Management: Case Study Assignment


Review the attached guidelines and rubric for Case Analysis.
Complete a Case Analysis of Case Study 3.1:  HY DAIRIES, INC found on page 90 of your text (note:  follow the criteria outlined in the assignment guide and rubric.  Answering the questions at the end of the case does not constitute a thorough case analysis).  
This is a detailed assignment.






 Syd Gilman read the latest sales figures with a great deal of


satisfaction. The vice president of marketing at Hy Dairies,


Inc., a large Midwestern milk products manufacturer, was


pleased to see that the marketing campaign to improve sagging sales of Hy’s gourmet ice cream brand was working.


Sales volume and market share of the product had increased significantly over the past two quarters compared


with the previous year.


 The improved sales of Hy’s gourmet ice cream could be


credited to Rochelle Beauport, who was assigned to the


gourmet ice cream brand last year. Beauport had joined Hy


less than two years ago as an assistant brand manager after


leaving a similar job at a food products firm. She was one of


the few women of color in marketing management at Hy


Dairies and had a promising career with the company.


 Gilman was pleased with Beauport’s work and tried to let


her know this in annual performance reviews. He now had


an excellent opportunity to reward her by offering her the


recently vacated position of market research coordinator.


Although technically only a lateral transfer with a modest


salary increase, the marketing research coordinator job


would give Beauport broader experience in some high-


profile work, which would enhance her career with Hy


Dairies. Few people were aware that Gilman’s own career


had been boosted by working as marketing research coordinator at Hy several years before.


 Rochelle Beauport had also seen the latest sales figures


on Hy’s gourmet ice cream and was expecting Gilman’s call


to meet with her that morning. Gilman began the conversation by briefly mentioning the favorable sales figures, and


then explained that he wanted Beauport to take the marketing research coordinator job. Beauport was shocked by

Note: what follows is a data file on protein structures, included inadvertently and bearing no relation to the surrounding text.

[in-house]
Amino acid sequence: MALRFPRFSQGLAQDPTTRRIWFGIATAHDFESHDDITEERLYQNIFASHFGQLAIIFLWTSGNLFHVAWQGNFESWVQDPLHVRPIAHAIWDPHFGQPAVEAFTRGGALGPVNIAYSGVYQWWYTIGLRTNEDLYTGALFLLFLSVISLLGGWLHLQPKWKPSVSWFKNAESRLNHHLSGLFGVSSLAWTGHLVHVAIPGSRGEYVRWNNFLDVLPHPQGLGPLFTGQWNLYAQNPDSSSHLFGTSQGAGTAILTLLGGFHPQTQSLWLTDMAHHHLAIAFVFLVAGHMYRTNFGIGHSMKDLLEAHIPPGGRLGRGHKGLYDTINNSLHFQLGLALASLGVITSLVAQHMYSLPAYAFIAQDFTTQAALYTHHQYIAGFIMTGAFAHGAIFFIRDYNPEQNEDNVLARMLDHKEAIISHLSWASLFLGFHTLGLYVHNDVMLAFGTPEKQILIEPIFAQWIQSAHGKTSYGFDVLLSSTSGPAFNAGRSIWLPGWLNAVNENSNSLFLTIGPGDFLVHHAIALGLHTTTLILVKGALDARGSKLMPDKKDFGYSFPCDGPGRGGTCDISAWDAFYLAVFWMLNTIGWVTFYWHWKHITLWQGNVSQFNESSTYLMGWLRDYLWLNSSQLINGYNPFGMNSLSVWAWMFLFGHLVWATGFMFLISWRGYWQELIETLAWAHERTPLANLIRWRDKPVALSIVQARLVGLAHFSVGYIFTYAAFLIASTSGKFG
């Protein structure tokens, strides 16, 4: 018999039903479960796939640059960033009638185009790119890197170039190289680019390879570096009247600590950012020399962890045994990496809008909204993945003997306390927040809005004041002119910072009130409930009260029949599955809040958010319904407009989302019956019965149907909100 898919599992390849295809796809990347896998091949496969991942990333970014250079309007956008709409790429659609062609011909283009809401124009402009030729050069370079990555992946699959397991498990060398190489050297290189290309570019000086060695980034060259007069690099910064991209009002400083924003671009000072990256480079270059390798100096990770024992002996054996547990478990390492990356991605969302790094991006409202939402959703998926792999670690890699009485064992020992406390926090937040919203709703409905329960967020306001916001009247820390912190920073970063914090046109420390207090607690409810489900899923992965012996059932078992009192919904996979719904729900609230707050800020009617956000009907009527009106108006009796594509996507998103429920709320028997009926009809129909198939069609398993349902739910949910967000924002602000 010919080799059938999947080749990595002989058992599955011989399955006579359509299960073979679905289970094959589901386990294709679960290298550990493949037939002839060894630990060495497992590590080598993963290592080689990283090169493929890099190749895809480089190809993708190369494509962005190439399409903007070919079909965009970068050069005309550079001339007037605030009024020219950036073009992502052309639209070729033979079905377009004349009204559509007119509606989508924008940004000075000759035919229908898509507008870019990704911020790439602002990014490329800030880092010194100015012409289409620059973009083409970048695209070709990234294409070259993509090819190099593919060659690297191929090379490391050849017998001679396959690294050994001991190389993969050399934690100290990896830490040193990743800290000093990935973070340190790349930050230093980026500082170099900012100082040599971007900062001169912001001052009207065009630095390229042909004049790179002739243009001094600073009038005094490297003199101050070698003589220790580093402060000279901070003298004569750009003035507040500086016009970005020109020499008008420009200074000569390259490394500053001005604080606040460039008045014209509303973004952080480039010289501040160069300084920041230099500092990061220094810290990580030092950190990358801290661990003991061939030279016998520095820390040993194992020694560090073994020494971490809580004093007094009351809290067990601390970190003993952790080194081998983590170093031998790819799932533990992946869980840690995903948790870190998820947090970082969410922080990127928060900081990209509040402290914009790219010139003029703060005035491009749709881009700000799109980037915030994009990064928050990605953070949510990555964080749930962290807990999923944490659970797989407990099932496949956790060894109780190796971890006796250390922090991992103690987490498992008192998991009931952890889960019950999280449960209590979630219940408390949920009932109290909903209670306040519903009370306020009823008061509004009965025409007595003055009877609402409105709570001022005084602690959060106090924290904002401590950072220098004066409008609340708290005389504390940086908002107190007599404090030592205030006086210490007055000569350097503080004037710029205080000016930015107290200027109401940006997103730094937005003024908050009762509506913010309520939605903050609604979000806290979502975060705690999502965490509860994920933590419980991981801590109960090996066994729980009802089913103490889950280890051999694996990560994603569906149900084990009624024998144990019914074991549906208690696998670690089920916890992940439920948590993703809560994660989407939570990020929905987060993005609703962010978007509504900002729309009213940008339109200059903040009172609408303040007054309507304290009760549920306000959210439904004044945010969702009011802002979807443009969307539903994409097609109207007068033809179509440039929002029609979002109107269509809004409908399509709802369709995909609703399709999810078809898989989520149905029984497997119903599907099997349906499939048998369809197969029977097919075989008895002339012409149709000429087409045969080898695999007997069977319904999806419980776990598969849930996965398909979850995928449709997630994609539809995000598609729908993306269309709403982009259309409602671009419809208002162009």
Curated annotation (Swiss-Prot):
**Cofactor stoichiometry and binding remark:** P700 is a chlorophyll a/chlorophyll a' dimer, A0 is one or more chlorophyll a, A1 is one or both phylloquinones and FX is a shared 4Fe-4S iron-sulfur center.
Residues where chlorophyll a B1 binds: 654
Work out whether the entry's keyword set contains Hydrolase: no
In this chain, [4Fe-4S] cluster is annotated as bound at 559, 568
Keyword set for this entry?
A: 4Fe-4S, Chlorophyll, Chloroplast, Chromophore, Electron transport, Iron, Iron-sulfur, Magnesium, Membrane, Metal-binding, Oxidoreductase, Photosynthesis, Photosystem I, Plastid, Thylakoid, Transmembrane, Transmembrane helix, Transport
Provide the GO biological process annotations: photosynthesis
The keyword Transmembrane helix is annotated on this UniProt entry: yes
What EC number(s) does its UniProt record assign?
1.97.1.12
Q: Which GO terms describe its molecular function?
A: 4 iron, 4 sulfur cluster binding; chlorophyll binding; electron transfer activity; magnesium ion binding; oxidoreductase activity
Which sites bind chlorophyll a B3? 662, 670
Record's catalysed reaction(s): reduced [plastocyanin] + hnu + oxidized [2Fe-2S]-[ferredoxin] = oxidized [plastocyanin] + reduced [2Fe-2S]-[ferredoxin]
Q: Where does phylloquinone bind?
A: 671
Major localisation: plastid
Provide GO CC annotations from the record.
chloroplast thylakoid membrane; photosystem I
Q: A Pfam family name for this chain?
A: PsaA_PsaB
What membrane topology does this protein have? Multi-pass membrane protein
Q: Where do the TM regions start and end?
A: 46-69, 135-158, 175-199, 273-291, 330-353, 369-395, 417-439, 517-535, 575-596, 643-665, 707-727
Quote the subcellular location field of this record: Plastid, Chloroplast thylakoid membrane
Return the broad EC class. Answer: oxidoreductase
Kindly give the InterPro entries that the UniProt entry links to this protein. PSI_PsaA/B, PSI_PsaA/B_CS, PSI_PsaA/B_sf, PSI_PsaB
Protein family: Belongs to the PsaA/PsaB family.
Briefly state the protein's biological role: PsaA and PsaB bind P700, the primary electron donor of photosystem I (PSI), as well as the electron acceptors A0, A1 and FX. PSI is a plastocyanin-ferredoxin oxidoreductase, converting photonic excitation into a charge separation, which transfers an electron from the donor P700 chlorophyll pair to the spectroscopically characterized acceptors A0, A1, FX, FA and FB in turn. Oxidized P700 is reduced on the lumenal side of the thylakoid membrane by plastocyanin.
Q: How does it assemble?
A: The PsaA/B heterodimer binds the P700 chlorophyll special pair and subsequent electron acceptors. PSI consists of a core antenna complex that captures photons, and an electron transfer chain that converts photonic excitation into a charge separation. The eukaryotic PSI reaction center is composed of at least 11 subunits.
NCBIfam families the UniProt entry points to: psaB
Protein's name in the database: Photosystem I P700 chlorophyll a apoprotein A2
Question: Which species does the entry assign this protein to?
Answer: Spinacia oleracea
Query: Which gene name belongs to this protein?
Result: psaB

the news. She enjoyed brand management and particularly


the challenge involved with controlling a product that


 directly affected the company’s profitability. Marketing


 research coordinator was a technical support position—a


“backroom” job—far removed from the company’s bottomline activities. Marketing research was not the route to top


management in most organizations, Beauport thought. She


had been sidelined.


 After a long silence, Beauport managed a weak, “Thank


you, Mr. Gilman.” She was too bewildered to protest. She


wanted to collect her thoughts and reflect on what she had


done wrong. Also, she did not know her boss well enough


to be openly critical.


 Gilman recognized Beauport’s surprise, which he


 assumed was her positive response to hearing of this


wonderful career opportunity. He, too, had been delighted several years earlier about his temporary transfer


to marketing research to round out his marketing


 experience. “This move will be good for both you and


Hy Dairies,” said Gilman as he escorted Beauport from


his office.


 Beauport was preoccupied with several tasks that


 afternoon but was able to consider the day’s events that


evening. She was one of the top women and few minorities in brand management at Hy Dairies and feared that


she was being sidelined because the company didn’t want


women or people of color in top management. Her previous employer had made it quite clear that women


“couldn’t take the heat” in marketing management and


tended to place women in technical support positions


 after a brief term in lower brand management jobs. Obviously Syd Gilman and Hy Dairies were following the


same game plan. Gilman’s comments that the coordinator job would be good for her was just a nice way of saying that Beauport couldn’t go any further in brand


management at Hy Dairies.


 Beauport now faced the difficult decision of whether to


confront Gilman and try to change Hy Dairies’ sexist and


possibly racist practices or to leave the company.




 Discussion Questions


 1. Apply your knowledge of stereotyping and social identity theory to explain what went wrong here.


 2. What other perceptual errors are apparent in this case




 3. What can organizations do to minimize misperceptions


in these types of situations?




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